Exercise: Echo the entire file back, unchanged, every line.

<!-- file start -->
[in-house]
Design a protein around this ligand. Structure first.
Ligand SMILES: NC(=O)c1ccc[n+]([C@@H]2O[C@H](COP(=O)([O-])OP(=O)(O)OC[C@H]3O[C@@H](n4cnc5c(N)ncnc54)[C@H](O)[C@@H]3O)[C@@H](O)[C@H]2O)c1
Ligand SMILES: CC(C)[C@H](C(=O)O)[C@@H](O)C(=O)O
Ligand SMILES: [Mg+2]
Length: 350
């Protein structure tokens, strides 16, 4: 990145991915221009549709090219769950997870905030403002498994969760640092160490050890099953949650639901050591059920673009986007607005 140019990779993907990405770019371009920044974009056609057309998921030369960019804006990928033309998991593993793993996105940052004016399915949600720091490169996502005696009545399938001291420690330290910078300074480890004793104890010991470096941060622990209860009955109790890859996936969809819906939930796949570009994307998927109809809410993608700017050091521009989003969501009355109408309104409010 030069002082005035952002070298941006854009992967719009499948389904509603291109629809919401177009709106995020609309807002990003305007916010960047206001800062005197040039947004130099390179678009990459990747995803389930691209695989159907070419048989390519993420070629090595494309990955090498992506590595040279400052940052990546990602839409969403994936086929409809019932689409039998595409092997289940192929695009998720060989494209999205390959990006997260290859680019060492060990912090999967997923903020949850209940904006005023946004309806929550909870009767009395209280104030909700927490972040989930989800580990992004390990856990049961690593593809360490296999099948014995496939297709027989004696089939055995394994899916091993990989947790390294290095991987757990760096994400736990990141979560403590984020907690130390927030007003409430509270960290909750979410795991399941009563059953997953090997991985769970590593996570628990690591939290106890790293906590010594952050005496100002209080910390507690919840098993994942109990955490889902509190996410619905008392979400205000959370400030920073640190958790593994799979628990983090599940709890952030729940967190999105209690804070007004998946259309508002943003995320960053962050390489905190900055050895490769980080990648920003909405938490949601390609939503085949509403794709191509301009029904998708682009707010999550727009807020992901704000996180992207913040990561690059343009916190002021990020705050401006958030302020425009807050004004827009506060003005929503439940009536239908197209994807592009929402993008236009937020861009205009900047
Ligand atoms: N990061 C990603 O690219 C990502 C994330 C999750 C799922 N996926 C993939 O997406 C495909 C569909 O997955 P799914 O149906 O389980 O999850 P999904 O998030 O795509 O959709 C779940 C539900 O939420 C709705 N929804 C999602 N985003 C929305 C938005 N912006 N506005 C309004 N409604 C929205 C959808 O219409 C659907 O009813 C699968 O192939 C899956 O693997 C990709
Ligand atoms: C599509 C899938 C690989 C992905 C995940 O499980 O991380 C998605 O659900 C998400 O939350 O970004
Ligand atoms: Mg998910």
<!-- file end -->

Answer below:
[in-house]
Design a protein around this ligand. Structure first.
Ligand SMILES: NC(=O)c1ccc[n+]([C@@H]2O[C@H](COP(=O)([O-])OP(=O)(O)OC[C@H]3O[C@@H](n4cnc5c(N)ncnc54)[C@H](O)[C@@H]3O)[C@@H](O)[C@H]2O)c1
Ligand SMILES: CC(C)[C@H](C(=O)O)[C@@H](O)C(=O)O
Ligand SMILES: [Mg+2]
Length: 350
């Protein structure tokens, strides 16, 4: 990145991915221009549709090219769950997870905030403002498994969760640092160490050890099953949650639901050591059920673009986007607005 140019990779993907990405770019371009920044974009056609057309998921030369960019804006990928033309998991593993793993996105940052004016399915949600720091490169996502005696009545399938001291420690330290910078300074480890004793104890010991470096941060622990209860009955109790890859996936969809819906939930796949570009994307998927109809809410993608700017050091521009989003969501009355109408309104409010 030069002082005035952002070298941006854009992967719009499948389904509603291109629809919401177009709106995020609309807002990003305007916010960047206001800062005197040039947004130099390179678009990459990747995803389930691209695989159907070419048989390519993420070629090595494309990955090498992506590595040279400052940052990546990602839409969403994936086929409809019932689409039998595409092997289940192929695009998720060989494209999205390959990006997260290859680019060492060990912090999967997923903020949850209940904006005023946004309806929550909870009767009395209280104030909700927490972040989930989800580990992004390990856990049961690593593809360490296999099948014995496939297709027989004696089939055995394994899916091993990989947790390294290095991987757990760096994400736990990141979560403590984020907690130390927030007003409430509270960290909750979410795991399941009563059953997953090997991985769970590593996570628990690591939290106890790293906590010594952050005496100002209080910390507690919840098993994942109990955490889902509190996410619905008392979400205000959370400030920073640190958790593994799979628990983090599940709890952030729940967190999105209690804070007004998946259309508002943003995320960053962050390489905190900055050895490769980080990648920003909405938490949601390609939503085949509403794709191509301009029904998708682009707010999550727009807020992901704000996180992207913040990561690059343009916190002021990020705050401006958030302020425009807050004004827009506060003005929503439940009536239908197209994807592009929402993008236009937020861009205009900047
Ligand atoms: N990061 C990603 O690219 C990502 C994330 C999750 C799922 N996926 C993939 O997406 C495909 C569909 O997955 P799914 O149906 O389980 O999850 P999904 O998030 O795509 O959709 C779940 C539900 O939420 C709705 N929804 C999602 N985003 C929305 C938005 N912006 N506005 C309004 N409604 C929205 C959808 O219409 C659907 O009813 C699968 O192939 C899956 O693997 C990709
Ligand atoms: C599509 C899938 C690989 C992905 C995940 O499980 O991380 C998605 O659900 C998400 O939350 O970004
Ligand atoms: Mg998910």